Men and tiaras: an unlikely combination

Riley poses for his potential Mr. Teen Carlsbad headshot.

Seannie Bryan

Riley poses for his potential Mr. Teen Carlsbad headshot.

Riley Hoffman, staff writer

Every year, around the end of winter, the Miss Carlsbad and Miss Teen Carlsbad pageants occur. These competitions, the former for women 17 and up, and the latter, for teenagers aged 13 to 16, judge ladies on their beauty, brains and personality with competitions such as a speech, a question-and-answer section and much more.

With such an honor being open for any Carlsbad woman of the right age, I believe men are being discriminated against. It’s a travesty. With women’s rights having come as far as they have in the past century, how can we as a society allow men to receive the same sexist treatment of the pre-industrial world? If women can run for president, why can we not have a Mister America?

Maybe I’m being silly. Beauty competitions are feminine, much like every single boy in the world has to like football, and pink is only for girls, right?


Now that we’re out of the 1950s, it’s not that hard to see stereotypes being defied daily. Women can now actively serve in armed combat, gay marriage is rapidly gaining acceptance and everyone can drink from the same water fountain.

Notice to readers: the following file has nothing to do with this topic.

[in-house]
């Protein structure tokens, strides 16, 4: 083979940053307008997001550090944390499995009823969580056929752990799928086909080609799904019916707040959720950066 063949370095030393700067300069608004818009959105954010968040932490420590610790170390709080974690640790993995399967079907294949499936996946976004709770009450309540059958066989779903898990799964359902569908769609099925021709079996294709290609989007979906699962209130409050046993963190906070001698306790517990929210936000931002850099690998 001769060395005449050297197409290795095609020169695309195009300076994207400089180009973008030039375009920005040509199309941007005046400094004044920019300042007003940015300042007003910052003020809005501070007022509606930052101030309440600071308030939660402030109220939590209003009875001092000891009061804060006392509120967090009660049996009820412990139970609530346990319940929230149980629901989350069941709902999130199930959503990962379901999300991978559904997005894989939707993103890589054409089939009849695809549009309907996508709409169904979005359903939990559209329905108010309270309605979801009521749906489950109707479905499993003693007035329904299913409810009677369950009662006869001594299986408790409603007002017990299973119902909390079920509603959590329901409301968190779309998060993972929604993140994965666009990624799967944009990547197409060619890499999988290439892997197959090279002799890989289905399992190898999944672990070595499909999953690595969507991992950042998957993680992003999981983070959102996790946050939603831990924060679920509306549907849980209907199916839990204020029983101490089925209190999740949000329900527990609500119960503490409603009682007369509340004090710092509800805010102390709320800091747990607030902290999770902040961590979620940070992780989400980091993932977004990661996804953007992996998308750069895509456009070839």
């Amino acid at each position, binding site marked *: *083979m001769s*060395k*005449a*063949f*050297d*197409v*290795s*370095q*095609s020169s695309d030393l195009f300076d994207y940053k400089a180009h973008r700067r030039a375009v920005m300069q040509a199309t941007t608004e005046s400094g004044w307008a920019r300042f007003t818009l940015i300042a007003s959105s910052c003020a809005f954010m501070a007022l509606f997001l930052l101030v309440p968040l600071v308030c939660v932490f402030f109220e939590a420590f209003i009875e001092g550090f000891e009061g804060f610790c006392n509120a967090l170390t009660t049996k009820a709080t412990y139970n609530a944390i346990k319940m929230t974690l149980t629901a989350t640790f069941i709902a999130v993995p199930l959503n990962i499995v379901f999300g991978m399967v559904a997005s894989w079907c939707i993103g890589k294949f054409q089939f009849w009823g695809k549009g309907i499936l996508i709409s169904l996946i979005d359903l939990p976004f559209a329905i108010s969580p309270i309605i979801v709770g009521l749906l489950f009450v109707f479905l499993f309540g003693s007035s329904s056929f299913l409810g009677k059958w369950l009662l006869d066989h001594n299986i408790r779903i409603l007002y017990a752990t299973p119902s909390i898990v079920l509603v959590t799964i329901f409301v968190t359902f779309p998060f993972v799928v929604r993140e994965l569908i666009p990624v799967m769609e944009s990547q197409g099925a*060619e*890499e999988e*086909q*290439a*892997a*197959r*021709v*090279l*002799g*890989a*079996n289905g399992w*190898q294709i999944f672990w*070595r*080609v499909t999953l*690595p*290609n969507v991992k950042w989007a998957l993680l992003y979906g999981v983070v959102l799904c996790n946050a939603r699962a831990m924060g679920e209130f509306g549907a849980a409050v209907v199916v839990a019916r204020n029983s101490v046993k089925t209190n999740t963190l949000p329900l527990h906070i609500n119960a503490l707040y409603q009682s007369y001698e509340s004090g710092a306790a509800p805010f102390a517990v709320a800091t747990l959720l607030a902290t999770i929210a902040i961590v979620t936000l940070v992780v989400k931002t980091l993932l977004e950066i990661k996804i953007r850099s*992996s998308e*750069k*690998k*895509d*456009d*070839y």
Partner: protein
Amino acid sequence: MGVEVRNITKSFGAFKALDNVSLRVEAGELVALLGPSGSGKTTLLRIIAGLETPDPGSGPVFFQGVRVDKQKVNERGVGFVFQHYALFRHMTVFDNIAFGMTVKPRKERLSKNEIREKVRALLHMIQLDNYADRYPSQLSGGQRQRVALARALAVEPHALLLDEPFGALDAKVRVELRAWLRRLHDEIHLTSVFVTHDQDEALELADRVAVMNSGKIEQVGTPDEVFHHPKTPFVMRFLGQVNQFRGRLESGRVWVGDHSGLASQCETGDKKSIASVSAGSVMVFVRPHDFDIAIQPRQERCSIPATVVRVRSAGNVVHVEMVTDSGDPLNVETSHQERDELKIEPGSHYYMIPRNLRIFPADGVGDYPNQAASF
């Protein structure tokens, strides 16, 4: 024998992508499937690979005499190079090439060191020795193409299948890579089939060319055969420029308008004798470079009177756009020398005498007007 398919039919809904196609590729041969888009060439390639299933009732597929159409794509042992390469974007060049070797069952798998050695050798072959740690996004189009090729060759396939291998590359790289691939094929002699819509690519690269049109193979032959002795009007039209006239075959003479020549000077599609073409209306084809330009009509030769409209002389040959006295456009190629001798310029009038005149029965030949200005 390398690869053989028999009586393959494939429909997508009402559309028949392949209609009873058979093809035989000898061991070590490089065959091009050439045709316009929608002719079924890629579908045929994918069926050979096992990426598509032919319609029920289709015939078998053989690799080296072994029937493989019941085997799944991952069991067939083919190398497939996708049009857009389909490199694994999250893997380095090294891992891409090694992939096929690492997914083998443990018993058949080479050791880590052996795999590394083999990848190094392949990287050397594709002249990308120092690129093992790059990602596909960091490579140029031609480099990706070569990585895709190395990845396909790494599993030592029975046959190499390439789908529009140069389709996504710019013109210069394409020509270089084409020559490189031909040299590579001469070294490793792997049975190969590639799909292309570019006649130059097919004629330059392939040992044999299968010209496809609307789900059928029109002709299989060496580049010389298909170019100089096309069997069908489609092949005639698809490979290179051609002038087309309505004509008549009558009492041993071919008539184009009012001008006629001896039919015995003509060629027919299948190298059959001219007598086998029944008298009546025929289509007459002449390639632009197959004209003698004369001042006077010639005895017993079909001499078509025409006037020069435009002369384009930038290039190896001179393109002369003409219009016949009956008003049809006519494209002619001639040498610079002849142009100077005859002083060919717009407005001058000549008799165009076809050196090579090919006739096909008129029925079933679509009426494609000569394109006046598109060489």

While pursuit of beauty has been considered womanly for much of history, what’s wrong with a man being pretty? Just because we don’t wear dresses and spend hours on our hair and makeup doesn’t mean guys aren’t trying to look good. If a woman wears a bright red dress and heels for an event like Homecoming or Prom, she gets compliments on how good she looks. If a man wears a tuxedo and dress shoes of the exact same hue, he only receives weird looks from everyone, questioning why he decided to break the norm, rather than compliments on how the tux brings out his eyes.

It seems only given that men should have a chance to express their own inner and outer beauty, rather than be stuck on the sidelines. I dream of a world where men can strut classily down the pageant runway in finely tailored threads, give opinions on foreign policy and walk away with all the ladies in the audience scoping his hip swing.

Maybe most men aren’t into the pressure and all the people watching them compete, but we still deserve the right to compete and show what we can do. If anything, make it a unisex competition and allow us to go head to head, eliminating any of the sexism and judging man and woman as equal.

It may not happen this year, maybe not even in the near future, but I certainly hope that one day some suave young man can receive the honor of being crowned “Mister Carlsbad.”